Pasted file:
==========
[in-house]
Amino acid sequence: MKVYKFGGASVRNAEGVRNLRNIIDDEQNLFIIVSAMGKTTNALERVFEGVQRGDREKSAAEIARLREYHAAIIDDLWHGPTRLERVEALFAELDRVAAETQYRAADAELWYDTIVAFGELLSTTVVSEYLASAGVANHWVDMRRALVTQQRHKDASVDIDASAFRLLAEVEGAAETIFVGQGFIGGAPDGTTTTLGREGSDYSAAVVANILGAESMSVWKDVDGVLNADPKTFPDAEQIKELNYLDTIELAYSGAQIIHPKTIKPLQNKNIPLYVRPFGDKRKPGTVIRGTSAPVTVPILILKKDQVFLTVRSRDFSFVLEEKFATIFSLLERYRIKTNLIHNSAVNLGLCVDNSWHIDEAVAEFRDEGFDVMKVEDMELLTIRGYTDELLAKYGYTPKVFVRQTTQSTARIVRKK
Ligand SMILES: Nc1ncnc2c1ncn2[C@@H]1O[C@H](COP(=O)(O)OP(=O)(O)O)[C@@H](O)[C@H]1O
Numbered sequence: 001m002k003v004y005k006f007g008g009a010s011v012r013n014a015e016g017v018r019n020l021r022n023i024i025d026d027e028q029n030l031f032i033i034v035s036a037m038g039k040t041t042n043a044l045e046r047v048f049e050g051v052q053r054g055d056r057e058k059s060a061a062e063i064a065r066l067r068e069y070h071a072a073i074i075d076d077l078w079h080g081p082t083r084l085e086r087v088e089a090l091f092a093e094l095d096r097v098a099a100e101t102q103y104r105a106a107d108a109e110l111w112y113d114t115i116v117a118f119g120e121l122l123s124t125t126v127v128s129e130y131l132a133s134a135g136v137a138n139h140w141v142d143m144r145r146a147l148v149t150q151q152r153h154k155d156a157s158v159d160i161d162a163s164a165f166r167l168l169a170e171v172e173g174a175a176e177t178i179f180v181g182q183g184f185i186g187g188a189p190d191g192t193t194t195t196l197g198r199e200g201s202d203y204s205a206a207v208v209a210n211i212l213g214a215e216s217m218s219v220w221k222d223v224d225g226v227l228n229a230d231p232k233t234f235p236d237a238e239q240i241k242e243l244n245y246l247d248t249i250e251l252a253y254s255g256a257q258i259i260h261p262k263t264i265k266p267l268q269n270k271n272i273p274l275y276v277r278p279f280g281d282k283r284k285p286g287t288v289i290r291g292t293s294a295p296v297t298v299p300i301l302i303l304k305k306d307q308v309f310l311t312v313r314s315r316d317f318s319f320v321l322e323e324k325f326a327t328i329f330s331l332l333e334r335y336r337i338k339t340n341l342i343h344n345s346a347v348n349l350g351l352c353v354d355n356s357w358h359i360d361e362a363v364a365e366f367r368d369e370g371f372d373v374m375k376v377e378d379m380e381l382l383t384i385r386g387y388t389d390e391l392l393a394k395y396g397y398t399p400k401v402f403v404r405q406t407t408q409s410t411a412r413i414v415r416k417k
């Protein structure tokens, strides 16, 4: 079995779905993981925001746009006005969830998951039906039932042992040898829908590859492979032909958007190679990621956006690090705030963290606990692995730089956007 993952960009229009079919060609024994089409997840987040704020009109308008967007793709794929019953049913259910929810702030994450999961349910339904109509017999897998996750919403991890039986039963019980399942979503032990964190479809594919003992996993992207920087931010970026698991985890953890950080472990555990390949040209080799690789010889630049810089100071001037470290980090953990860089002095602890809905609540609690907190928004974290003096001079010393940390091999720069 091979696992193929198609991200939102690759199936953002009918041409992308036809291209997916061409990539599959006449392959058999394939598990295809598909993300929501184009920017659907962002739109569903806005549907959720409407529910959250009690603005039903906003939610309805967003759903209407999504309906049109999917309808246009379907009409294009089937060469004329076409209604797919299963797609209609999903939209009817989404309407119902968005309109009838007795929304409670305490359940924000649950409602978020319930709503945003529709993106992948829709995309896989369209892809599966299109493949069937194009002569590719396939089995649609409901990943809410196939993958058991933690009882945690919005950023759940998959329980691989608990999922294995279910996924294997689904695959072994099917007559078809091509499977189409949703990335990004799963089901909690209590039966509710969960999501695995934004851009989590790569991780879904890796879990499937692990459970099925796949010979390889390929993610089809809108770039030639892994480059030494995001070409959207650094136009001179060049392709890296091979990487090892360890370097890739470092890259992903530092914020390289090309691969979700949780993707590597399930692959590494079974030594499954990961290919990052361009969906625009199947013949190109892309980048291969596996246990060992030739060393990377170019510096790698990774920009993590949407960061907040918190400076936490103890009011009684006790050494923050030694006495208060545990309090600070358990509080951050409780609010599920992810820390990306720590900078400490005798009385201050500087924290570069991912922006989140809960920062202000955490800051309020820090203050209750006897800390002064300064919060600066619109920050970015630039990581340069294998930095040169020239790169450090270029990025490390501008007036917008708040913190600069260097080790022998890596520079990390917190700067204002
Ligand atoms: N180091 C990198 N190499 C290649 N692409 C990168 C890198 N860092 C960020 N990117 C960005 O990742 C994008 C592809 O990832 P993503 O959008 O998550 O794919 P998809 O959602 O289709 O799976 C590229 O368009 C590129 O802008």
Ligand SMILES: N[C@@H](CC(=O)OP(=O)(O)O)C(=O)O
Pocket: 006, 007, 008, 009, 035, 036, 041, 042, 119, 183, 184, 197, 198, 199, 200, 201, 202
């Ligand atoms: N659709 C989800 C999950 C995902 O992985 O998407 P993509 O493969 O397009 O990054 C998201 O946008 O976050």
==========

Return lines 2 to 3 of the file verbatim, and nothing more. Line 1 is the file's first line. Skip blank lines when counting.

Amino acid sequence: MKVYKFGGASVRNAEGVRNLRNIIDDEQNLFIIVSAMGKTTNALERVFEGVQRGDREKSAAEIARLREYHAAIIDDLWHGPTRLERVEALFAELDRVAAETQYRAADAELWYDTIVAFGELLSTTVVSEYLASAGVANHWVDMRRALVTQQRHKDASVDIDASAFRLLAEVEGAAETIFVGQGFIGGAPDGTTTTLGREGSDYSAAVVANILGAESMSVWKDVDGVLNADPKTFPDAEQIKELNYLDTIELAYSGAQIIHPKTIKPLQNKNIPLYVRPFGDKRKPGTVIRGTSAPVTVPILILKKDQVFLTVRSRDFSFVLEEKFATIFSLLERYRIKTNLIHNSAVNLGLCVDNSWHIDEAVAEFRDEGFDVMKVEDMELLTIRGYTDELLAKYGYTPKVFVRQTTQSTARIVRKK
Ligand SMILES: Nc1ncnc2c1ncn2[C@@H]1O[C@H](COP(=O)(O)OP(=O)(O)O)[C@@H](O)[C@H]1O